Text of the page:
Spending Review: Whoever wins 2015 general election faces more economic pain
Experts warn that all parties will make deeper cuts after election as the only way to tackle the deficit
Andrew Grice has been Political Editor of The Independent since 1998. He was previously Political Editor of The Sunday Times, where he worked for 10 years, and he has been a Westminster-based journalist since 1982. His column, Inside Politics, appears in The Independent each Saturday.
Wednesday 26 June 2013
The £11.5bn of public spending cuts in 2015-16 to be announced by George Osborne today will be followed by more cuts and tax rises in future years, experts have warned.
Privately, senior figures in the three main political parties admitted there would be a lot more “pain” to come, whoever wins the 2015 general election. They acknowledged that the Chancellor's government-wide spending review would be only a staging post on the road to clearing the deficit.
The Coalition needs to set departmental budgets for 2015-16 because that financial year will start a month before the 2015 election. Budgets for the rest of the five-year parliament will have to be addressed by the next government. “The real spending review will happen then,” one minister admitted.
Tomorrow Mr Osborne will hint at the challenge ahead by speaking about his long-term plans to keep a lid on the welfare budget, which could mean cutting pensioners' perks such as the winter fuel allowance after the election and raising the age at which people draw the basic state pension.
Policy Exchange, the centre-right think tank, warned in a report that future governments would have to find £40bn of cuts if spending on the state pension is not capped. Author Matthew Oakley, a former Treasury official, said Mr Osborne must cap the half of government spending that falls outside Whitehall departments' control - the £379bn a year spent mainly on benefits, tax credits and debt interest payments. “It [the cap] has to include the full range of benefits, including pensioner benefits and the state pension,” said Mr Oakley. “Without this, any proposed cap would be meaningless and fail to recognise the real drivers of rising costs. It's time for an honest conversation with the public.”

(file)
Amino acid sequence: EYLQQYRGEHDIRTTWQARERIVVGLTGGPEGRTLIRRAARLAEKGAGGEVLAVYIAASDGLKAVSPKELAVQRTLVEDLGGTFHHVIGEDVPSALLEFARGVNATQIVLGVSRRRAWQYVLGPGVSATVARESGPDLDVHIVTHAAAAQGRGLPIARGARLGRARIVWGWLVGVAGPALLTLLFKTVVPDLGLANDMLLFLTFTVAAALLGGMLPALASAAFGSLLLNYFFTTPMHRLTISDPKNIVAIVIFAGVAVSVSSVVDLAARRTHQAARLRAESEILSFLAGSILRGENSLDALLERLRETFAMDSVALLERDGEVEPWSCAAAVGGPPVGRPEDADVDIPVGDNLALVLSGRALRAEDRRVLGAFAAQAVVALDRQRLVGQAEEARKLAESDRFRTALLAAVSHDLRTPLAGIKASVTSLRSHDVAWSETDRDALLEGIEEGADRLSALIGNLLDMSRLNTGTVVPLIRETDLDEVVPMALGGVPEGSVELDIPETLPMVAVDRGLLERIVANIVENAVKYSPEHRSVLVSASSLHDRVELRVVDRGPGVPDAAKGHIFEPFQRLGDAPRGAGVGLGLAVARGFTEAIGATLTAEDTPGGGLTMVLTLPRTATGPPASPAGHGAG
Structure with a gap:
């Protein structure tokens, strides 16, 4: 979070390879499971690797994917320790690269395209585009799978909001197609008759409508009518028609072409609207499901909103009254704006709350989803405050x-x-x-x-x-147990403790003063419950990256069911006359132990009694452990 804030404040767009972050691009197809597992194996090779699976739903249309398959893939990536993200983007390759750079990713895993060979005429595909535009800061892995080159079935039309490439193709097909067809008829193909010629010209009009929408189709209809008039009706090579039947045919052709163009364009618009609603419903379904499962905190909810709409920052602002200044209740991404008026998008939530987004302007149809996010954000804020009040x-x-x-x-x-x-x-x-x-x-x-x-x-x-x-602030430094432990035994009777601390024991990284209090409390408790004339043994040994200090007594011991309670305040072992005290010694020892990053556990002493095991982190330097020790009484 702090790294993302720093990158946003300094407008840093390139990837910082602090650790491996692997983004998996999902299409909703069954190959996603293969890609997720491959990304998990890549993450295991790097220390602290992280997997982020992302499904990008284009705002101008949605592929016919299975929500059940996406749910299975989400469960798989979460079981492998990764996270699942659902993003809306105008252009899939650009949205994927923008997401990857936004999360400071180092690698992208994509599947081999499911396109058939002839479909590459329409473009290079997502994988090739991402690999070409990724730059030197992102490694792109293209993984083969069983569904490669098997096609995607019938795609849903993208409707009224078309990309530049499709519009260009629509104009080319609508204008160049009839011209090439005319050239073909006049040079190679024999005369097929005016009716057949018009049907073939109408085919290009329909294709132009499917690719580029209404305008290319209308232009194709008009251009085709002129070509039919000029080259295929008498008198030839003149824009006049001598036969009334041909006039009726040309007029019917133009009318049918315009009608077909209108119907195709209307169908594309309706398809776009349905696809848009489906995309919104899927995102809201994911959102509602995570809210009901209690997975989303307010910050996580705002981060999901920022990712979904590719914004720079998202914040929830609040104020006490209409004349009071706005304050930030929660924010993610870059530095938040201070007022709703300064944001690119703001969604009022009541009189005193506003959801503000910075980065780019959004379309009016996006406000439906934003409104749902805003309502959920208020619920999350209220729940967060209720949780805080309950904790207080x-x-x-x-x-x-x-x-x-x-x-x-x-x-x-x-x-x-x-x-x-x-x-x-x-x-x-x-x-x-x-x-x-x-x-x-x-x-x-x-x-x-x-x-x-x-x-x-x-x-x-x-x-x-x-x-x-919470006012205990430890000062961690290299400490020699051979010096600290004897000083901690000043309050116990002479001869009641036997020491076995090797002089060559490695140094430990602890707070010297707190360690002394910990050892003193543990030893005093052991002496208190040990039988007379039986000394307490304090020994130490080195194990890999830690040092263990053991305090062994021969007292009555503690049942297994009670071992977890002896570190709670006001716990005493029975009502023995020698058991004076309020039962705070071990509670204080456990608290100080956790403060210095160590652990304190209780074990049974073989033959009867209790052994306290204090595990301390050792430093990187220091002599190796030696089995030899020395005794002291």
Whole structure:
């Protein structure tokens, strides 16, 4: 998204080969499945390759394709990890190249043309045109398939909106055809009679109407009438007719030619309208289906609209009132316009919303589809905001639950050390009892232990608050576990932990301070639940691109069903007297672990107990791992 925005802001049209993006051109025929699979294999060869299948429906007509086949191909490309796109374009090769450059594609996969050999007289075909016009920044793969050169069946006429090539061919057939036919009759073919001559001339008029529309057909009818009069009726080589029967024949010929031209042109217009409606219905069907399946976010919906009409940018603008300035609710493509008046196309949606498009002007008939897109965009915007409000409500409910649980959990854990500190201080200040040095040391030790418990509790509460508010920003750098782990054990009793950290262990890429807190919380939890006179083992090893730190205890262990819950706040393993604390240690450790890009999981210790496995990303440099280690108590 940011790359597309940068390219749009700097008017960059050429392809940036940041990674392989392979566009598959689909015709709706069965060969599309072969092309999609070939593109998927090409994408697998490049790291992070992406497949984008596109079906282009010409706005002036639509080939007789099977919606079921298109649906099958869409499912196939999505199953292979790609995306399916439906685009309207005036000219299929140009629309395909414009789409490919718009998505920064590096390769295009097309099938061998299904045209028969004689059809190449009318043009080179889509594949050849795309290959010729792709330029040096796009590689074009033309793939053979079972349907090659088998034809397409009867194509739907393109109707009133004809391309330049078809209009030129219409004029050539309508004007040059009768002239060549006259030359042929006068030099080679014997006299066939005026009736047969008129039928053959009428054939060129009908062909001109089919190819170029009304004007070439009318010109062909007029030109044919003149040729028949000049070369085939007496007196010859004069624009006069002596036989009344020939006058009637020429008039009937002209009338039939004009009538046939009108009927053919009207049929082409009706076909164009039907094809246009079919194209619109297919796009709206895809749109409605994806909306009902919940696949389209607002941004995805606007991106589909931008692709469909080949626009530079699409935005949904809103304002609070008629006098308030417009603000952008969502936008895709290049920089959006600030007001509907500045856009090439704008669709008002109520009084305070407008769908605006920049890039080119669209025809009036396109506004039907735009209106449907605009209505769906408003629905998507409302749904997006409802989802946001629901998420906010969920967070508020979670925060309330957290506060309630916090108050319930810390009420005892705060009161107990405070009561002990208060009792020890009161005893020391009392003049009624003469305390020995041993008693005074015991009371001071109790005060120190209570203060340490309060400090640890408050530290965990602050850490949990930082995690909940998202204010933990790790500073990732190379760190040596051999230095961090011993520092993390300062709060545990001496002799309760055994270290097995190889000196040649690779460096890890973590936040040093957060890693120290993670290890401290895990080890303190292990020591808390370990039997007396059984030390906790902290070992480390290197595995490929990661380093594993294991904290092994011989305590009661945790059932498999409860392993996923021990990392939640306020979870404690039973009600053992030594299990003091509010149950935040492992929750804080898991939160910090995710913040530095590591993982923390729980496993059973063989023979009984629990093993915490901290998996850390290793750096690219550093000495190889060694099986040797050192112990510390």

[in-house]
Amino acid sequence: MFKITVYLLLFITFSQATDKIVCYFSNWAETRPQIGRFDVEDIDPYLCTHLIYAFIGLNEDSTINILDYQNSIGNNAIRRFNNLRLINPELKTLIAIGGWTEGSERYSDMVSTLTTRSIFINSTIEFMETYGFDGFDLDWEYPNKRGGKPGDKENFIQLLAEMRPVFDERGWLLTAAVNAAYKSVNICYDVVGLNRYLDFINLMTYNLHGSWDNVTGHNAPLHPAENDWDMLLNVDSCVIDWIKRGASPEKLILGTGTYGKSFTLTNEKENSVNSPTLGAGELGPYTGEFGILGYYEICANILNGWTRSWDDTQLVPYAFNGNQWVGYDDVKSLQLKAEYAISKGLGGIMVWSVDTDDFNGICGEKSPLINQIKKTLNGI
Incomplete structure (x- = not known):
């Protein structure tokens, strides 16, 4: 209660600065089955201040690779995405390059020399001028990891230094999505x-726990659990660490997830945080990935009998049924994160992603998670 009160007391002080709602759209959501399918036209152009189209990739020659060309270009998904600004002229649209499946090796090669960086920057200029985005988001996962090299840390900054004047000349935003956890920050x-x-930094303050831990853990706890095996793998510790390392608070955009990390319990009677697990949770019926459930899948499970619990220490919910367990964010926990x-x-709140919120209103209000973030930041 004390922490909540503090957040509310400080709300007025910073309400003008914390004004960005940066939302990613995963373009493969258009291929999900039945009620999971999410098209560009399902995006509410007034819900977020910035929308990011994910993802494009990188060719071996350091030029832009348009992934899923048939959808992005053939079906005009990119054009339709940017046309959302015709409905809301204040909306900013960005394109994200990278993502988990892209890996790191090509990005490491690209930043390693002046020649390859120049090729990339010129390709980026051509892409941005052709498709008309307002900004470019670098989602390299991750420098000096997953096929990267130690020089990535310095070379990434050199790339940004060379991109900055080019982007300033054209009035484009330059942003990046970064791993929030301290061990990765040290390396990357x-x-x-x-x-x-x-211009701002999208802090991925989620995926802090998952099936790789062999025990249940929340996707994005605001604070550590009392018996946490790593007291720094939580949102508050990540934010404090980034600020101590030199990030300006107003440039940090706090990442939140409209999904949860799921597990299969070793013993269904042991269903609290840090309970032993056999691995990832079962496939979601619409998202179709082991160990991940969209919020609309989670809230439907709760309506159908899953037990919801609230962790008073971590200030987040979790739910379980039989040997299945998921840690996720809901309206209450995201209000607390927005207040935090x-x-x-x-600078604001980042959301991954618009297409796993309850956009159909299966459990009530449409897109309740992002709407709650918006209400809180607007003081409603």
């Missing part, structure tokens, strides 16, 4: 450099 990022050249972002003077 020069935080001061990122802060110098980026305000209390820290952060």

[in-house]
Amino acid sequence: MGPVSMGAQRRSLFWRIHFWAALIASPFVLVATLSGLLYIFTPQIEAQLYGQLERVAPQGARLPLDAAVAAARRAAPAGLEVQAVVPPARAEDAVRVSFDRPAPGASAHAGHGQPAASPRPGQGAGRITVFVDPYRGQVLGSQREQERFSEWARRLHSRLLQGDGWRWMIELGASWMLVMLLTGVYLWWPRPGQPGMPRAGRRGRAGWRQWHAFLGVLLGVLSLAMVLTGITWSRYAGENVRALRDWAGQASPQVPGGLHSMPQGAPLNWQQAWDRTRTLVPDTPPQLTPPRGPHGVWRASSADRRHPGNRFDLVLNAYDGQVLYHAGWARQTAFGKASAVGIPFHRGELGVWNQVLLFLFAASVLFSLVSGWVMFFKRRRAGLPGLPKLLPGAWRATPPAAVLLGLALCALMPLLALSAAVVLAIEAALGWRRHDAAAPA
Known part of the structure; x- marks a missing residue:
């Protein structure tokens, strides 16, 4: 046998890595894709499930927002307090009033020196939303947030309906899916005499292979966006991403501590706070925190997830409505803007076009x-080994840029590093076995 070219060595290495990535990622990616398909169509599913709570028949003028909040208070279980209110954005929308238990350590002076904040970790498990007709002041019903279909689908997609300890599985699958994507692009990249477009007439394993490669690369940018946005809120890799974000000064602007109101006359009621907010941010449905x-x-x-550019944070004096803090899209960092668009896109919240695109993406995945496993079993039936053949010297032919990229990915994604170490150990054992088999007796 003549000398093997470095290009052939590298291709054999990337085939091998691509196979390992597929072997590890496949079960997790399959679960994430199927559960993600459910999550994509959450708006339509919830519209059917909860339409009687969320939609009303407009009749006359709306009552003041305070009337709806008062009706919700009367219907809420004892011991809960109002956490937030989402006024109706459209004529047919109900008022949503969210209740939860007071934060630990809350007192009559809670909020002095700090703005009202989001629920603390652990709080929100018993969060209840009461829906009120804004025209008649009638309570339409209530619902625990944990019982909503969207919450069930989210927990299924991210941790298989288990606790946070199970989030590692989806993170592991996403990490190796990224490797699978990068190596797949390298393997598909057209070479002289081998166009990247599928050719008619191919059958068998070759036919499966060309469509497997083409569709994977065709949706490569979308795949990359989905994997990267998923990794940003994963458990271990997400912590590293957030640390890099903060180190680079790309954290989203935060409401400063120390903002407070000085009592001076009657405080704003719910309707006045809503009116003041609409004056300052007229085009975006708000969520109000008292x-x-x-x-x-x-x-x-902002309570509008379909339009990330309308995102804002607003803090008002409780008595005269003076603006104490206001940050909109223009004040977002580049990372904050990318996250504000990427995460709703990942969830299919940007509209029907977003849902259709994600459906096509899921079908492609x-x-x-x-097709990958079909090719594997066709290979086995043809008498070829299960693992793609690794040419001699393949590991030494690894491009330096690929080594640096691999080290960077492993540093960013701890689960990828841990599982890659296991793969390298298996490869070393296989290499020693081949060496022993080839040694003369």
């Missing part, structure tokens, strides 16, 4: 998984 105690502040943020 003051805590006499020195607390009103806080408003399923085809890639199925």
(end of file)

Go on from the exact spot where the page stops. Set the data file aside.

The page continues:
Gavin Kelly, chief executive of the Resolution Foundation, which calculates that a further £26bn of cuts will be needed by 2018, said: “The cuts in this spending review are just the next phase of an on-going process - there's a lot more fiscal pain to come in the years to 2018. Whoever wins the 2015 election will face deeply unpalatable choices over public finances including tax rises, yet deeper spending cuts or extending the timetable for deficit reduction.”
He added: “If the current timetable is pursued, and existing areas of spending protection continued, then the implications for those areas which aren't ring-fenced looks pretty implausible. The already bracing pace of departmental cuts would have to accelerate after 2015 if something else doesn't give.”
Alex Henderson, tax partner at PwC, said £40bn of cuts could be needed in the two years after 2015-16. “The temptation to change the plans slightly and raise more tax will be great,” he said.
Today Mr Osborne confirmed he would maintain the ring-fencing around the NHS and schools budgets in today's statement. However, other parts of the education budget could be squeezed by £1bn, including further education and the administrative costs of setting up academies and free schools.
The Chancellor told the Commons said his review would set out “the next phase of the economic plan to move Britain from rescue to recovery.” He added: “I will be offering real protection for our National Health Service and to our schools. These are vital public services, they are an investment in our economic future and they are all about doing what we need to do to win that economic race.”
Danny Alexander, the Chief Treasury Secretary, hinted the Government may speed up the introduction of “community budgets” under which public sector services share operations, after accountants Ernst & Young estimated that between £9bn and £20bn could be saved over five years.
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